OAKDALE -- City officials outlined several painful choices including cutting employees' salaries and having them pay more of the cost of their benefits during a budget workshop Wednesday for the 2012-13 fiscal year, which starts July 1.
Officials said they don't expect the local economy to roar back to life any time soon. At best, they hope it has hit bottom and sales and property taxes and other city revenues will hold steady.
But city officials say Oakdale faces increasing costs for employees' health care and pensions. They also said the city's reliance on short-term solutions over the past few years no longer will work.
The city has borrowed from its various accounts to plug financial holes with the expectation that the economy and the city's finances would rebound. But that has not happened in the recession of the past half-decade or so.
"I've been on the council seven years," Councilman Tom Dunlop said. "The policy was, 'Let's just get by because things will get better in two years.' "
Wednesday's budget workshop was the City Council's first public look at the 2012-13 spending plan. Officials stressed that the workshop was the starting point for discussions. They said some actions will require the approval of the city's labor groups.
Oakdale also faces structural problems with its budget. For instance, interim Operations Manager Stan Feather said Oakdale has failed to set aside reserves for such items as replacing police and public works vehicles and paying legal liabilities.
Instead, the costs for these and other items have come from the $8.6 million general fund, the city account for public safety and other basics.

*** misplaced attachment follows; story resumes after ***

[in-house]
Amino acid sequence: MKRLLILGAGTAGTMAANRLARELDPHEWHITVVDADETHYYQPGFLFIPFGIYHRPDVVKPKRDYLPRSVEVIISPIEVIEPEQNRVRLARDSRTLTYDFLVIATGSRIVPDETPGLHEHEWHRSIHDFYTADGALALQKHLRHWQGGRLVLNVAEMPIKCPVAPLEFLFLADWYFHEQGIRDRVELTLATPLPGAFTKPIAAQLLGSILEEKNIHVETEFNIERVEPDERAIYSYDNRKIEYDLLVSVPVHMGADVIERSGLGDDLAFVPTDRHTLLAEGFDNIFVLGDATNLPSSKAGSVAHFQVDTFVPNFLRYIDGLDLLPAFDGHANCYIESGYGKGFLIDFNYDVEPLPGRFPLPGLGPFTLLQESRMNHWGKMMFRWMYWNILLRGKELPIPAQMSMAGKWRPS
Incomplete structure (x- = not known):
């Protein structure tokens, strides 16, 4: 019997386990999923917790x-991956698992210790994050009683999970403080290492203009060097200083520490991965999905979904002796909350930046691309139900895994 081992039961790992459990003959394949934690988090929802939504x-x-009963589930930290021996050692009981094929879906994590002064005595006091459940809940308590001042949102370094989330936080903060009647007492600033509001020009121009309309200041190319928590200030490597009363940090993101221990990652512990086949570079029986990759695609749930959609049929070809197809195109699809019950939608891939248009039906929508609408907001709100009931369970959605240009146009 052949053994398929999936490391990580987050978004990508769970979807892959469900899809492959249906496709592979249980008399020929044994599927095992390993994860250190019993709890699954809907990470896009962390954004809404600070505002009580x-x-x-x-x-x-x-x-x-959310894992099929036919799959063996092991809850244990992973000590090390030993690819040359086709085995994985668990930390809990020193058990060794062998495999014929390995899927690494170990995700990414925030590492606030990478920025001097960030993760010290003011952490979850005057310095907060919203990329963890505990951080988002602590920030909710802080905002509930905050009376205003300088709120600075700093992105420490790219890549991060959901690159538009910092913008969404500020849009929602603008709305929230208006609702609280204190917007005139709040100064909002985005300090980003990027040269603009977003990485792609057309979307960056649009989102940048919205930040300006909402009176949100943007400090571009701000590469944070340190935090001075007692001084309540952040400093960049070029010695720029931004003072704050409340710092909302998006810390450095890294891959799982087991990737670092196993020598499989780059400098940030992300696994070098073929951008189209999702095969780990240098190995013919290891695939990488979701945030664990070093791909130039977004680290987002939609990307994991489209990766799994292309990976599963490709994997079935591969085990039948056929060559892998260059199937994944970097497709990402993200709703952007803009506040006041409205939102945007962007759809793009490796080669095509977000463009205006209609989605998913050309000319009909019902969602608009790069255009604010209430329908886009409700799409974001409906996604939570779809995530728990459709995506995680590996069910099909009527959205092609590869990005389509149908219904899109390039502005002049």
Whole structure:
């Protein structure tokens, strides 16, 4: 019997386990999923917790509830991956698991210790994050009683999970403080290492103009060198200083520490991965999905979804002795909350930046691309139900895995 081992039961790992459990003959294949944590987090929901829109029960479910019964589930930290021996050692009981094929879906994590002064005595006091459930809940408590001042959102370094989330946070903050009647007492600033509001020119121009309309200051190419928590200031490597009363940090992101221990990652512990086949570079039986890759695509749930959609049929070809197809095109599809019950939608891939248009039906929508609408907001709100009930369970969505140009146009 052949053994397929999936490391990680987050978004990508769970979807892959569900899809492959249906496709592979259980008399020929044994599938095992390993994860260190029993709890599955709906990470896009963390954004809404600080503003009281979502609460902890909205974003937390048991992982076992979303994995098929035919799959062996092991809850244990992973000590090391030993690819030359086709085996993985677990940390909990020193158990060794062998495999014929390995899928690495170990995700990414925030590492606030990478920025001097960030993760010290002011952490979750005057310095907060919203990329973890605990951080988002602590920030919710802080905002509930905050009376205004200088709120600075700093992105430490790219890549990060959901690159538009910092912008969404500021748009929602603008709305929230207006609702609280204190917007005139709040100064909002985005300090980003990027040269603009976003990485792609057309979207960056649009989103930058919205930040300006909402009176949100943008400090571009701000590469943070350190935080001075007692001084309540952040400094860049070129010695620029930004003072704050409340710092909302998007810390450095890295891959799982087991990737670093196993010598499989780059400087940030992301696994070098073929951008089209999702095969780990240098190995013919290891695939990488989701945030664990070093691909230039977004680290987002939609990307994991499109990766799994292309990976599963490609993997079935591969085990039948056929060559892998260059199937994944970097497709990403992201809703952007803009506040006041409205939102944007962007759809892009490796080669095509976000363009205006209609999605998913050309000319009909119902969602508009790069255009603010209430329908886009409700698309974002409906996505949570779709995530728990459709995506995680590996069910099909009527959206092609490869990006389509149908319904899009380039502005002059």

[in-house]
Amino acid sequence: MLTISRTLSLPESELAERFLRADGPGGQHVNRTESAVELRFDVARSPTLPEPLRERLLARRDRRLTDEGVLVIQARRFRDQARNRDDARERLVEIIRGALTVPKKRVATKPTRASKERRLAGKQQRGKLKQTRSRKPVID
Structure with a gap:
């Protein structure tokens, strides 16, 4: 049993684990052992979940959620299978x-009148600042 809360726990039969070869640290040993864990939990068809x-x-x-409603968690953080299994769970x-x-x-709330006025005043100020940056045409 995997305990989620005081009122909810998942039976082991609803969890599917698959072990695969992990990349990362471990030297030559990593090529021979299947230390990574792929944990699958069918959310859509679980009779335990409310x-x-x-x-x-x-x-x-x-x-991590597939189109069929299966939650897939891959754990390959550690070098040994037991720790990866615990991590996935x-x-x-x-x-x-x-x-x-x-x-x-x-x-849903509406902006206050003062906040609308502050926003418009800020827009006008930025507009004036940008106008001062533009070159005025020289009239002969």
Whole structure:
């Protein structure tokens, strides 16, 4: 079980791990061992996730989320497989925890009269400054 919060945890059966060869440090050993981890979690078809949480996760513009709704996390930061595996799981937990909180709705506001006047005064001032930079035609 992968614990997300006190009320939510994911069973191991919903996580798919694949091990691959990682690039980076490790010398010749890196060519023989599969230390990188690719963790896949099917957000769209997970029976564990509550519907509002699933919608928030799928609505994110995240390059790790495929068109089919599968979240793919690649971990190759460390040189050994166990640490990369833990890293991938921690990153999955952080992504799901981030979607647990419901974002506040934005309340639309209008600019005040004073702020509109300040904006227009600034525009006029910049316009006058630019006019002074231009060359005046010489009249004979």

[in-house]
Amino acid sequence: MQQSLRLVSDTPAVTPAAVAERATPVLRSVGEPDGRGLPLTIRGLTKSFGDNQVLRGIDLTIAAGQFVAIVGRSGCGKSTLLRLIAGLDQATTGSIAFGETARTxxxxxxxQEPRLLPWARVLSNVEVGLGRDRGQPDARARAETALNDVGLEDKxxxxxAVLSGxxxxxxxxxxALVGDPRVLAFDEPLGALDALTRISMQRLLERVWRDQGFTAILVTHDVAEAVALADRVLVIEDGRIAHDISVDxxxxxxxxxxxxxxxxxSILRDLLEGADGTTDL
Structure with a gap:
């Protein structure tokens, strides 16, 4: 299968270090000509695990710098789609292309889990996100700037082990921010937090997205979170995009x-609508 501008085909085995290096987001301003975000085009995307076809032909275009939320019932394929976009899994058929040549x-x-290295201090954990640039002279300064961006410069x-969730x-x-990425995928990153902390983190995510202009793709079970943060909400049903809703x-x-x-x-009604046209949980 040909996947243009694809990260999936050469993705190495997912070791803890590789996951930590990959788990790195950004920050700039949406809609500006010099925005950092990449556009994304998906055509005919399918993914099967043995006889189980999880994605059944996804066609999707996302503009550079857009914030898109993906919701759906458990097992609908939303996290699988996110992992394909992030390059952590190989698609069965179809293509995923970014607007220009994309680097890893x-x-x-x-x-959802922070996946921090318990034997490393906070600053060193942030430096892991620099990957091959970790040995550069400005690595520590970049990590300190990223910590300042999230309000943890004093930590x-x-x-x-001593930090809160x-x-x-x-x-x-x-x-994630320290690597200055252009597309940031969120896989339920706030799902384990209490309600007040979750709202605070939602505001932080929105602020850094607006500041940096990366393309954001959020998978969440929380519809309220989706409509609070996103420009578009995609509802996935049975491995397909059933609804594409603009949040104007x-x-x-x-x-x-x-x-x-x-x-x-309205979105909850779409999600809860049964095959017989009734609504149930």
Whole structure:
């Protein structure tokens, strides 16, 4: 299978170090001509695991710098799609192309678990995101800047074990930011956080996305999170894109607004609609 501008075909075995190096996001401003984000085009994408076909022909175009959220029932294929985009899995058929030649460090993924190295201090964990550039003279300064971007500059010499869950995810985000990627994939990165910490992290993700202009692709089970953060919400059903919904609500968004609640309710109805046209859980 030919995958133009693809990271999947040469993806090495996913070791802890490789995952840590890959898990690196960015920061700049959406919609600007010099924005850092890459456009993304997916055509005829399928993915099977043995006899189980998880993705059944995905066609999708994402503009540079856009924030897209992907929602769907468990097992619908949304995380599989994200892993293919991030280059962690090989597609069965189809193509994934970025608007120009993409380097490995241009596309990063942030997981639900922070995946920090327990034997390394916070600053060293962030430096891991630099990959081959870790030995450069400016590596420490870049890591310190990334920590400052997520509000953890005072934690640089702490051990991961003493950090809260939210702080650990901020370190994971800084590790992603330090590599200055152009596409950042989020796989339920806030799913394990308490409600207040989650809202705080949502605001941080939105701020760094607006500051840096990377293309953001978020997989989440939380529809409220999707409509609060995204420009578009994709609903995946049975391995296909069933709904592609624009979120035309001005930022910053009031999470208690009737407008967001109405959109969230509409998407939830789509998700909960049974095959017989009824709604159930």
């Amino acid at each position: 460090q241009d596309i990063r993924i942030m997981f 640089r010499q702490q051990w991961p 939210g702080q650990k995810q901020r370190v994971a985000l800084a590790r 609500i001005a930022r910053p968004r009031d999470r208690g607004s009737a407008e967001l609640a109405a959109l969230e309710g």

Oakdale also faces the prospect of raising sewer rates to bring in enough revenue to pay the debt service on the approximately $12 million upgrade to its waste-water treatment plant.
The city is required to set aside $855,000 in reserves for the debt in the 2012-13 budget and then start making the first of 20 annual payments of $855,000 in the 2013-14 budget. City officials say sewer revenues are not sufficient to establish the debt reserve and make the annual payments.
Some council members' proposals Wednesday night include abolishing the city policy that allows employees to bank unused leave time and then collect large payouts when they retire or leave the city for other reasons. Mayor Pat Paul suggested that city officials look at where Oakdale can consolidate positions.
Council members stressed that Measure O, the three-year ½-cent sales tax that started in April, be used for public safety, the community and senior centers as officials promised the voters who passed the tax in November.
The council is expected to discuss the budget at its June 5 meeting.